Test: Logitech G Cloud – Gamer.no

Test: Logitech G Cloud – Gamer.no

With roots dating back to the early 2000s, cloud gaming – or “cloud gaming” as it’s called in good Norwegian – has had many years to develop. Today, most people have heard of the possibility of playing games that are streamed through external hardware, and many of the largest companies on the market already have their own solutions.

Logitech is among the latest companies to jump in on this trend, and earlier this week launched the Logitech G Cloud in Europe. This is a portable console similar to the Nintendo Switch and Steam Deck, but instead of playing games locally, it focuses primarily on streaming games over the Internet. The result is, as expected, a somewhat mixed experience.

Nintendo Switch vs Logitech G Cloud.

Espen Jansen/Gamer

Rock solid design

Logitech G Cloud is a nice little thing that fits nicely in the hand. The device weighs 463 grams, which is quite comparable to its fiercest competitor.

In terms of size, it fits somewhere between the Nintendo Switch and the Steam Deck. Where I find the latter a bit bumpy, the Logitech G Cloud manages the art of never feeling bumpy to heavy or impractical.

Solid grip.

Espen Jansen/Gamer

the He is On the other hand, there is a certain heft built into the console, but that more than helps support the quality and durability of the machine. The plastic surrounding the 7-inch screen is nice and sleek white, and feels far from cheap.

Two sturdy, open grips on the back of the machine make it easy to balance in the hands; The pins on the front are snappy and responsive; While the shoulder and face buttons both work exactly as they are supposed to.

It’s worth noting that the Start and Select buttons can sometimes get stuck — my Home button in particular likes to wrangle a bit before it responds — while frequent, quick use of the shoulder buttons can cause some awkward squeaking sounds.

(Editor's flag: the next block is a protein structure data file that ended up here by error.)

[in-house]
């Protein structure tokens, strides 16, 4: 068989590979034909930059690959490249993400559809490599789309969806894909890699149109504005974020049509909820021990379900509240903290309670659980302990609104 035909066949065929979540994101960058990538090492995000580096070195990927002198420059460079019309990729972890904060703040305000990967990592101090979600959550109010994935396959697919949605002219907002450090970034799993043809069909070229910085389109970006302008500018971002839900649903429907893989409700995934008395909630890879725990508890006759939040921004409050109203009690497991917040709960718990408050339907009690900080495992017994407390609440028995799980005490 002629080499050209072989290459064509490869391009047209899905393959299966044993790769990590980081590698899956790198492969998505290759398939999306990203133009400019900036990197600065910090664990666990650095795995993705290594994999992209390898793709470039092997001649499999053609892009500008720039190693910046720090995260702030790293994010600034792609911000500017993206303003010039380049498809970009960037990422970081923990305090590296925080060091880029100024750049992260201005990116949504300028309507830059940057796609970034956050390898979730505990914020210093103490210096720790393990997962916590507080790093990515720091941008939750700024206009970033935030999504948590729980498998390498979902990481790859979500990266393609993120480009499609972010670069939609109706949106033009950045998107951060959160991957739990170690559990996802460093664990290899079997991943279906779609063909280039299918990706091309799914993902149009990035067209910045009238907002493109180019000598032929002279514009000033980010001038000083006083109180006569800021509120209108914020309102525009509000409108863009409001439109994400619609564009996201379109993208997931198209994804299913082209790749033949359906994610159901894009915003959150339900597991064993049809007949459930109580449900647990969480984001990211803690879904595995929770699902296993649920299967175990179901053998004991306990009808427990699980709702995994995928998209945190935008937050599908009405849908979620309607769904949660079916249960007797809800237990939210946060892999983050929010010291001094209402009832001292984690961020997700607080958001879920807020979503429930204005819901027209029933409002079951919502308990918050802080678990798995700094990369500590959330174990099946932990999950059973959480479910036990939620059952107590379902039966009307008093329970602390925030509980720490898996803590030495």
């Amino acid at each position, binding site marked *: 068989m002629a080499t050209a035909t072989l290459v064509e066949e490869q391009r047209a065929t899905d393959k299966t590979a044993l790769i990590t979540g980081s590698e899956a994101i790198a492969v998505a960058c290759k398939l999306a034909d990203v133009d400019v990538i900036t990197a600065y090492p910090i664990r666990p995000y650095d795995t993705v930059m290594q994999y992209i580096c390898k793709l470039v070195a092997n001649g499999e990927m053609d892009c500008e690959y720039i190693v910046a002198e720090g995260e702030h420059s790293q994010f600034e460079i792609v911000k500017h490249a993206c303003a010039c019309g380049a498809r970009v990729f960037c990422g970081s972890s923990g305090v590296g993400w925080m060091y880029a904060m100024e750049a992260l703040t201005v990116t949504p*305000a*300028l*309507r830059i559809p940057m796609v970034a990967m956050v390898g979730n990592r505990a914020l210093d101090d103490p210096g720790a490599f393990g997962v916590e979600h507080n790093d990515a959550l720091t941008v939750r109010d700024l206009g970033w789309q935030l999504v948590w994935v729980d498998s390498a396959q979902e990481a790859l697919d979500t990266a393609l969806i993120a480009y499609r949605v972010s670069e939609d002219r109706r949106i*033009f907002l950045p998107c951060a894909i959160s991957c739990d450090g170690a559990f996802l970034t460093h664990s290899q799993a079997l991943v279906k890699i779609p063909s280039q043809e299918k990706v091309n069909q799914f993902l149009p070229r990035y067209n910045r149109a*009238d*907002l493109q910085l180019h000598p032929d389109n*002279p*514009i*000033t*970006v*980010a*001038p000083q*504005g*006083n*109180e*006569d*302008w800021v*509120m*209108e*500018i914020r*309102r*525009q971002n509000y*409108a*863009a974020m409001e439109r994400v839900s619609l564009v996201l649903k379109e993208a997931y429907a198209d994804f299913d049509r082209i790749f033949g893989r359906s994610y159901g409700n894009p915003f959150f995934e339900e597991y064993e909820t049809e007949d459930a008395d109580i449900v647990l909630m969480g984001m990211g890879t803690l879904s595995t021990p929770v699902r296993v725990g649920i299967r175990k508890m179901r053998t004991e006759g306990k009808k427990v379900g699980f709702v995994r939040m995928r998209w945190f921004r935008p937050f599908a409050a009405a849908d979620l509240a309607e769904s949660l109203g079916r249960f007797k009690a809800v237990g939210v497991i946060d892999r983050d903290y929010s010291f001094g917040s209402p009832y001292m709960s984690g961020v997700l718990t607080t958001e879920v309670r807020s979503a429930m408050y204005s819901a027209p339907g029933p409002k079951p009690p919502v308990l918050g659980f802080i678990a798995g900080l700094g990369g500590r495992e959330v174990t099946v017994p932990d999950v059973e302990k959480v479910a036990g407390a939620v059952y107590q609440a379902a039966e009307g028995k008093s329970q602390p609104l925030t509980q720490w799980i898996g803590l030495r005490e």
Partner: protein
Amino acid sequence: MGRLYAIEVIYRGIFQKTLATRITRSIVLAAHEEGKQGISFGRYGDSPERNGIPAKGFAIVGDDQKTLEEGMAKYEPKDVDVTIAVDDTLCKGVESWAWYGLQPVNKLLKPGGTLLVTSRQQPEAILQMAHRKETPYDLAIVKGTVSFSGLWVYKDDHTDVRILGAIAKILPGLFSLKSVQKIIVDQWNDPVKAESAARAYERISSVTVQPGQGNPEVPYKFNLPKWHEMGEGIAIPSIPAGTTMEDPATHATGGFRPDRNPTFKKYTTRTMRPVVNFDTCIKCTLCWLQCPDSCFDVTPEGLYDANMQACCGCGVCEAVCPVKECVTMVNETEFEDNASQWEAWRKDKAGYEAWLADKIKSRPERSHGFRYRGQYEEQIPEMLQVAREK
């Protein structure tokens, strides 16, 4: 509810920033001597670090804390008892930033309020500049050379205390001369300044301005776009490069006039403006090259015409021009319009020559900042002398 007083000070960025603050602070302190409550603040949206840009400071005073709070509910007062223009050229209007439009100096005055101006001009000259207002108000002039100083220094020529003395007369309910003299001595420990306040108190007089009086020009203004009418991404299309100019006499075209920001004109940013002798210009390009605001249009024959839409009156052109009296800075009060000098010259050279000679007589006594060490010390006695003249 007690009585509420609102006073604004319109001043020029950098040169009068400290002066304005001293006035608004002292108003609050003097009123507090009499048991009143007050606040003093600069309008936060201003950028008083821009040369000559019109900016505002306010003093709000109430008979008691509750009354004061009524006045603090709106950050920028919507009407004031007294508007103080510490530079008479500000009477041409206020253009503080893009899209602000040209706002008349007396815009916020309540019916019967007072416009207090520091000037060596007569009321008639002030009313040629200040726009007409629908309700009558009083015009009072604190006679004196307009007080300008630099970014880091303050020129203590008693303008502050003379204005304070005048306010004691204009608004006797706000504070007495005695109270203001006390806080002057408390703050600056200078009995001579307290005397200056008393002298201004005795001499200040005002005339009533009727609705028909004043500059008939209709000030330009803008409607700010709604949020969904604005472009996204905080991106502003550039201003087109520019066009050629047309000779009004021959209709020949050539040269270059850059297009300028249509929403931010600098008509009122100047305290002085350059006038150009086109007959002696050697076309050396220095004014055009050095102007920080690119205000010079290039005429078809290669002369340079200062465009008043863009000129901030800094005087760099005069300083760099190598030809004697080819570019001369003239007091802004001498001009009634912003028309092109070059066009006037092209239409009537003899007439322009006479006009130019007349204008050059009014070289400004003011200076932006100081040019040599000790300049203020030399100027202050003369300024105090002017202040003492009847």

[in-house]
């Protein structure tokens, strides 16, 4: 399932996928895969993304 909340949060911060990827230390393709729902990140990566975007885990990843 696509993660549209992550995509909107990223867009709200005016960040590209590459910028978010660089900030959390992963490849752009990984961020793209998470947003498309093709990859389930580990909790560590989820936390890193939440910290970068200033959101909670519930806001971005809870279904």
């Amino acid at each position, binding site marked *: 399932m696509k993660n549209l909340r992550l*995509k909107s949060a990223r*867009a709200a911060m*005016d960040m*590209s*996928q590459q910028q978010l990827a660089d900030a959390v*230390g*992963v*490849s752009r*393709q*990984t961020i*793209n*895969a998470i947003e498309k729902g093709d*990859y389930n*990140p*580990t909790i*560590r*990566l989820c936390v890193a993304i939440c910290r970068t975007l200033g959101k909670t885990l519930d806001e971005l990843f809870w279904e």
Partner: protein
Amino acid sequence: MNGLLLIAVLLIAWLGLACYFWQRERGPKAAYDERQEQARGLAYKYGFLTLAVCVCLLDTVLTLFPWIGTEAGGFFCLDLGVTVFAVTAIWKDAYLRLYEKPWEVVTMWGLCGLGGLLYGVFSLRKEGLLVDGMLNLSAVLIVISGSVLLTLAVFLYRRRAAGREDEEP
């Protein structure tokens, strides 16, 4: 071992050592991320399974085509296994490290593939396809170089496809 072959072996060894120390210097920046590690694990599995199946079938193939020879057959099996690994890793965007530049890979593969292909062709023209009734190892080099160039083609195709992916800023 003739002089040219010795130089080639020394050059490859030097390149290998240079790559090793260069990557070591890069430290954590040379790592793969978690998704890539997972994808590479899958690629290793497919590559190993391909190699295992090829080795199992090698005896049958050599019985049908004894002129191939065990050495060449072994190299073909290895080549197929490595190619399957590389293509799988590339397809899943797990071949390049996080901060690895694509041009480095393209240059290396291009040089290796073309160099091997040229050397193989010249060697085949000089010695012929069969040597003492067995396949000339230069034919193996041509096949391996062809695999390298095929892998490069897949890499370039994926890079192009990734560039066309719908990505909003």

These small flaws aside, the Logitech G Cloud still feels like a very solid and stable machine.

The built-in touchscreen is unfortunately not OLED quality, but it still offers a resolution of 1920 x 1080 @ 60Hz, and is bright and fun to use. Battery life is also respectable, with up to 12 hours of active cloud gaming per session.

Solid stitches and (mostly) great buttons.

Espen Jansen/Gamer

Necessary subscriptions

This comes in handy when you’re streaming games, and there are a few ways to do this. On the occasion of the hardware test, we were given access to both Xbox Cloud Gaming and GeForce Now, two subscription services that each support cloud gaming in their own way.

Xbox Cloud Gaming is currently only in beta, but it still allows you to stream many of the latest Xbox games through the app. In total, there are over a hundred games to choose from, with everything from new releases like Wo Long: Fallen Dynasty, Halo Infinite, and Redfall to Banjo-Kazooie, Viva Piñata, and Persona 4 Golden.

GeForce Now is a different beast entirely, as it instead lets you stream games you already own via Steam, the Epic Games Store, and Ubisoft Connect. This initially appears as a more comprehensive alternative, at least until you realize that not all games support this functionality. Of the 634 games I’ve collected on Steam over the years, so far only 123 are playable via GeForce Now.

Of course, my library has a lot of old spam that no one has ever heard of, and the idea is that most of the newer games will come through this streaming service closer to launch.

I’m pretty familiar with the PowerWash Simulator, and unfortunately I think it works best on my local PlayStation 5.

Espen Jansen/Gamer

flocking with the bait

In practice, the two solutions work in much the same way. You select a game from the collection, and after a short loading sequence where the game is activated on an external device, it appears on the screen. Then you control everything over the internet, as signals are sent back and forth between your own machine and the machine where the game is actually running.

How well this works will be affected by both the speed and quality of your local network, as I feel the whole concept of “cloud gaming” still has a long way to go. Even under optimal conditions, where you have stable wi-fi and strong broadband speed, while you’re sitting close to the modem, it somehow doesn’t work very smoothly.

Forza Horizon 5 looks much better in “live action”.

Espen Jansen/Gamer

I have a more than acceptable network—GeForce Now recommends you have a download speed of at least 25Mbps if you want to stream content in 1080p at 60fps—but I still feel like the picture quality falls short.

This is especially noticeable for newer games, where the discrepancy with what is expected is very large. Forza Horizon 5 and GhostWire: Tokyo are examples of games that suffer as a result, with resolution toned down by clarity and lackluster colours. More recent gaming experiences feel almost ten years old in that light, and then I feel like some points have been missed.

Older games hold up to transition much better, and playing for example Halo: Combat Evolved, Half-Life 2, or Mini Ninjas feels like the most natural thing in the world after getting a little used to it.